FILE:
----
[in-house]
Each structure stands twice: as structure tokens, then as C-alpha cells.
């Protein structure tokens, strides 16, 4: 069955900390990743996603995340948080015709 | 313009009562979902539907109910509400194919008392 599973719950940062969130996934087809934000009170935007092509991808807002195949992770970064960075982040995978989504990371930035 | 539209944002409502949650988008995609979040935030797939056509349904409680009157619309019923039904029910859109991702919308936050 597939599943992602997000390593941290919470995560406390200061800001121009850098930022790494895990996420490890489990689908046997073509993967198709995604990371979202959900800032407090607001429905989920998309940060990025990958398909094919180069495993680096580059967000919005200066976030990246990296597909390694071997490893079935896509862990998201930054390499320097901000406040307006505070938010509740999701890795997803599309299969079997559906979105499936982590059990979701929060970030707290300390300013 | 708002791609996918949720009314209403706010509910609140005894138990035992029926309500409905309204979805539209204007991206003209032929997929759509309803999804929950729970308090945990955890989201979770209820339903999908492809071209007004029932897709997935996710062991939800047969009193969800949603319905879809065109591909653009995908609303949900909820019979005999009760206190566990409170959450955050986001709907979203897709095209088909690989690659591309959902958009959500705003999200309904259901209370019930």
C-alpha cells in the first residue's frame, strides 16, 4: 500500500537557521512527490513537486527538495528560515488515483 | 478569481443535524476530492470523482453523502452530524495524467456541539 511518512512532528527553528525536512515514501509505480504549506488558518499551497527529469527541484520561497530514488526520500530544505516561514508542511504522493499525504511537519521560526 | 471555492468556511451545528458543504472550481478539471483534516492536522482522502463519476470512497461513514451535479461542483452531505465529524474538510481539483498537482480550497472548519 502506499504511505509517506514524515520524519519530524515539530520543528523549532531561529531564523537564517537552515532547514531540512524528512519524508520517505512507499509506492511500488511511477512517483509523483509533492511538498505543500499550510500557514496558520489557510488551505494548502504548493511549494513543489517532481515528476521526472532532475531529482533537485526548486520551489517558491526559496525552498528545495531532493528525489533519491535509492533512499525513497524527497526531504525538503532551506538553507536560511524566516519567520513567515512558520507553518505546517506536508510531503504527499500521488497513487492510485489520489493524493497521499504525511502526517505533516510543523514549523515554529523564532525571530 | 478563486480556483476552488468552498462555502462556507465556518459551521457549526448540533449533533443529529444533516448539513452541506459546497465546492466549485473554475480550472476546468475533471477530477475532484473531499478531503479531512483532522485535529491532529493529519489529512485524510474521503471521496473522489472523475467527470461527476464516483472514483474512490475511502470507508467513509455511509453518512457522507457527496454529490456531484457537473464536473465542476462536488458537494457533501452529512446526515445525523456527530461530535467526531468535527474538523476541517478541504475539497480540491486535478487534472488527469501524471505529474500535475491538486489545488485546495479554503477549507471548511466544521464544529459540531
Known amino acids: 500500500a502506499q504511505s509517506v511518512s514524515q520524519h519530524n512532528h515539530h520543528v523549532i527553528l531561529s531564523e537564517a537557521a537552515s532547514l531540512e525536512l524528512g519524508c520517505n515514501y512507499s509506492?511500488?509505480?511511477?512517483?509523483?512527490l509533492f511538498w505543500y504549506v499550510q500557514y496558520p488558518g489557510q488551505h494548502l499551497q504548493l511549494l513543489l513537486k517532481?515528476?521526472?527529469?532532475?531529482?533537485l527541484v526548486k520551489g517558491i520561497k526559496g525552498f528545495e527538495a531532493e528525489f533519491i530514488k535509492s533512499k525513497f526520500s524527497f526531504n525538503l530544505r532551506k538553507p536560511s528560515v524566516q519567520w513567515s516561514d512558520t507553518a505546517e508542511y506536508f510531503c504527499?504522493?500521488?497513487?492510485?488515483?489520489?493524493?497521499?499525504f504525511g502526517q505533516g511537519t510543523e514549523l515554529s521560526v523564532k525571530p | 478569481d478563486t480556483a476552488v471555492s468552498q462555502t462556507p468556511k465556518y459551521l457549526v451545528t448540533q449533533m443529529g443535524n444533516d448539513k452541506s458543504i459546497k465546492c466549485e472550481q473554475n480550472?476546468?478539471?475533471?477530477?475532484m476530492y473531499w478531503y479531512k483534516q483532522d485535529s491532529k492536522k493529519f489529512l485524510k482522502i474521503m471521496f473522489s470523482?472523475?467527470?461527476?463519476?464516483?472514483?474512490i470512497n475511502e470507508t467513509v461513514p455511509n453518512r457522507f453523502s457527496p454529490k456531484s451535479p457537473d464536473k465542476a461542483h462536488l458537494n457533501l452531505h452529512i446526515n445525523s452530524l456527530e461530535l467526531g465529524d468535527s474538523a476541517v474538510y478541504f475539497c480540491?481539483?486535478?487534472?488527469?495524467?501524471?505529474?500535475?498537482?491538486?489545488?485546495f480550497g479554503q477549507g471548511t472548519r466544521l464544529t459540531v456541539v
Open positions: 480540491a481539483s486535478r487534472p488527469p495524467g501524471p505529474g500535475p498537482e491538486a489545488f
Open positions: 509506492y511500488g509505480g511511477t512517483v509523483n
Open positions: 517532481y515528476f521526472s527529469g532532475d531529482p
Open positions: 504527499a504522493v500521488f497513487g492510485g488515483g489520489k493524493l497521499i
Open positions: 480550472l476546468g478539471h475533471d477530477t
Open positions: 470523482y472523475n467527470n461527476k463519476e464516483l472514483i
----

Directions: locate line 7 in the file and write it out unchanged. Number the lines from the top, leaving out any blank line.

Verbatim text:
Open positions: 509506492y511500488g509505480g511511477t512517483v509523483n